MADRID (Reuters) – AliExpress, the global e-commerce platform of the Chinese online shopping giant Alibaba BABA.NHe warned customers Tuesday that there may be some delivery delays due to the coronavirus outbreak.

AliExpress is one of the most downloaded shopping apps in the world, part of a growing e-commerce trend where consumers around the world buy goods such as cell phones, vacuum cleaners and clothes directly from manufacturers primarily based in China.

“Some shipping and logistics companies have longer waiting times when processing orders,” said a Facebook post.

Unlike Alibaba’s Tmall or Taobao, which target the domestic market, AliExpress is aimed primarily at international buyers.

Alibaba is pushing outside of China through divisions like AliExpress to offset slowing domestic economic growth and increasing competition from companies like JD.com JD.O.

Founded in 2010, AliExpress is particularly popular in Russia, the United States, Brazil, Spain, and France, selling items like jeans for $ 12.41 and wireless headphones for $ 6.64. According to Alibaba’s website, there were more than 79 million active consumers per year in the year ended August 31, 2019.

Customers complained Tuesday that orders not only took a long time but were automatically renewed instead of being canceled and refunded.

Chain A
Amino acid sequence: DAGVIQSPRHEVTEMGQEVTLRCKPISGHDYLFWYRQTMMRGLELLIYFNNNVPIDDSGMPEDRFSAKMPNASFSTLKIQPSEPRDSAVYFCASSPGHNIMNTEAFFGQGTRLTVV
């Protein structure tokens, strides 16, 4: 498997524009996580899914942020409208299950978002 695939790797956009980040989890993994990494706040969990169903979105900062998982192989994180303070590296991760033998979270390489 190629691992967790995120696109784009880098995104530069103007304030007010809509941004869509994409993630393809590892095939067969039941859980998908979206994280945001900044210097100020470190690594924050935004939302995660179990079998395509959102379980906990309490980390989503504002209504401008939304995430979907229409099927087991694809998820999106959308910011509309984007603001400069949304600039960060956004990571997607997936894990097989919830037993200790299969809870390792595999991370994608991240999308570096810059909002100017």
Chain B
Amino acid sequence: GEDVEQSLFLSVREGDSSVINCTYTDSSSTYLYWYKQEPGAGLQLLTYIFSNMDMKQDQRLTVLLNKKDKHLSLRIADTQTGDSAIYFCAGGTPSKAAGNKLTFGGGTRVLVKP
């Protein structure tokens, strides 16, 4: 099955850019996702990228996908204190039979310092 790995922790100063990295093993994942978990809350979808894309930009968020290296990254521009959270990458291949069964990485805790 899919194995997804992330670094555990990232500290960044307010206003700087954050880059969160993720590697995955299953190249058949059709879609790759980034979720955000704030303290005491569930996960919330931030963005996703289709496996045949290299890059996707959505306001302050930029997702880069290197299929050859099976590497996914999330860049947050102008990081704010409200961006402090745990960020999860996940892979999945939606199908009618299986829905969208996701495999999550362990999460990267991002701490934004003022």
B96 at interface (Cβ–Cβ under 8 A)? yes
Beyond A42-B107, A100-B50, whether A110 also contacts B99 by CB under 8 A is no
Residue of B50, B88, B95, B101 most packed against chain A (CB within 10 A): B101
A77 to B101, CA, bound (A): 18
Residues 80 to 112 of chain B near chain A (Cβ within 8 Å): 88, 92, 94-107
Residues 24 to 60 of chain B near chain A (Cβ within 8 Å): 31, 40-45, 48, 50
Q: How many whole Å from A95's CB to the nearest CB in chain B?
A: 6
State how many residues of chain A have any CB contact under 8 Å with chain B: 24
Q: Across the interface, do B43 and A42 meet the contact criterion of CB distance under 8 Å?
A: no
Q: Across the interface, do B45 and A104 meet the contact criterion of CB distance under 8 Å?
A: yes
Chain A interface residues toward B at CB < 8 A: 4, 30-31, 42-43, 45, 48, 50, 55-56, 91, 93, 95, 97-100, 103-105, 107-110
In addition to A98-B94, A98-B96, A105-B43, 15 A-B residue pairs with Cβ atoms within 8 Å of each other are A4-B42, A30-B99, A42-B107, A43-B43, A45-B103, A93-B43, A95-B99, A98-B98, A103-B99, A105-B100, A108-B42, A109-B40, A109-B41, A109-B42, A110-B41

“It doesn’t build confidence that your order will be renewed forever and you can’t stop it,” said Monika Hendry, originally from Poland and now living in Hong Kong, who spent about $ 10 on a cell phone holder on Jan. 17 Location.

“The only answer AliExpress offers is to contact the seller directly if you have problems but the seller doesn’t respond and you get stuck. You have absolutely no recourse, ”she said. “It’s a waste of time.”

AliExpress said Tuesday it is constantly monitoring the situation.

“Some shipments may be affected, but we are working hard to support our sellers during this difficult time while minimizing any inconvenience to our customers,” the company said in an email statement.

Alibaba Group warned of a decline in sales in its key e-commerce stores in February as the coronavirus hit supply chains and shipments in China.

Amazon.com AMZN.O Sellers in the United States are preparing for product shortages due to shutdowns in China and the cancellation of cargo flights out of the country. More than 1 million Amazon sellers source products from Chinese retailers.

The outbreak claimed more than 3,000 lives and infected more than 90,000 people worldwide after spreading from China to 77 other countries and territories.

Reporting by Sonya Dowsett; Editing by Nick Macfie and David Clarke